Monthly Archives: March 2014

Profit Margins: The Death of a Chart

In the debate on profit margins, two different types of charts frequently appear.  The first chart is a chart of the aggregate profit margin of the S&P 500. Valuation bulls tend to prefer this chart because it undermines the view … Continue reading

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Wal-Mart’s 1974 Annual Report: Sometimes You Get What You Pay For

On Thursday, October 3, 1974, the S&P 500 closed at 62, the definitive closing low of the brutal 1973-1974 bear market.  The trailing twelve month PE ratio for the index at the time was 6.9.  The yield on the 10 … Continue reading

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Profit Margins: The Epicenter of the Valuation Debate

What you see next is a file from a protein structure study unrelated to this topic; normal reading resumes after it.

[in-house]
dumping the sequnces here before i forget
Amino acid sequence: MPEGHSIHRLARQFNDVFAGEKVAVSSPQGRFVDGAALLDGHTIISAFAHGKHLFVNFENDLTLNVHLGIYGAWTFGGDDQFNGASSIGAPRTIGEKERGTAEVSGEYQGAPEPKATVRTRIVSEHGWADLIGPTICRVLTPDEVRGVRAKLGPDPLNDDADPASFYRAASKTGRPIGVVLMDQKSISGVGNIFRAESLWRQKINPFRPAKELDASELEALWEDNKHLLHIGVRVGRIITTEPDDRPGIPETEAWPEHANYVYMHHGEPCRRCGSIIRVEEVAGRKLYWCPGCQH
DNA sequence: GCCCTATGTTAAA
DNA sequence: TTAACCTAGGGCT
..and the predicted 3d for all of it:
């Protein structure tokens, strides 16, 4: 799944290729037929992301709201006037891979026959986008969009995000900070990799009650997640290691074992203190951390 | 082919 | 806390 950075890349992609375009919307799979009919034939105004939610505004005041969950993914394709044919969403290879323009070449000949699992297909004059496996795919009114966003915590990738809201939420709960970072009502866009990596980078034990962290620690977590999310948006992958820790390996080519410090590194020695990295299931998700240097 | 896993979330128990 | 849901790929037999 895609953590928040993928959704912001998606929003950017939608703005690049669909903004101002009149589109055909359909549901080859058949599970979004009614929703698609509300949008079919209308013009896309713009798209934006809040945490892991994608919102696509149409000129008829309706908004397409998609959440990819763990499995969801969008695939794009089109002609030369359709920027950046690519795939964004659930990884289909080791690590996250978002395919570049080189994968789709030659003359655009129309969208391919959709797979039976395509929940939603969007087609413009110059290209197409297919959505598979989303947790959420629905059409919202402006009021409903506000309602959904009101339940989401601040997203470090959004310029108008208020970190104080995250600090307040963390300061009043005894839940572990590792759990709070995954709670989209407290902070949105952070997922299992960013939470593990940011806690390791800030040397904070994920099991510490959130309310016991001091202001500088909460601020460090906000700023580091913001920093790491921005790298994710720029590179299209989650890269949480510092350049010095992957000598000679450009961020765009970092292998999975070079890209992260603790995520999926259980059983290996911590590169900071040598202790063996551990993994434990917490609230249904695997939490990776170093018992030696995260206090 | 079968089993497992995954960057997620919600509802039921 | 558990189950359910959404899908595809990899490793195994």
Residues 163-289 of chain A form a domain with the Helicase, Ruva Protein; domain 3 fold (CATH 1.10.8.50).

James Montier of GMO, whose work I deeply respect and enjoy reading, recently put out a white paper defending the Shiller CAPE from some of the attacks that have been waged against it.  He offered a number of strong arguments. … Continue reading

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The U.S. Stock Market is Expensive, and It Should Be

Is the U.S. stock market expensive?  To answer the question, we need to get precise about what we mean by “expensive.”  Expensive relative to what?  When valuation bears say that the stock market is expensive, they usually mean “expensive relative … Continue reading

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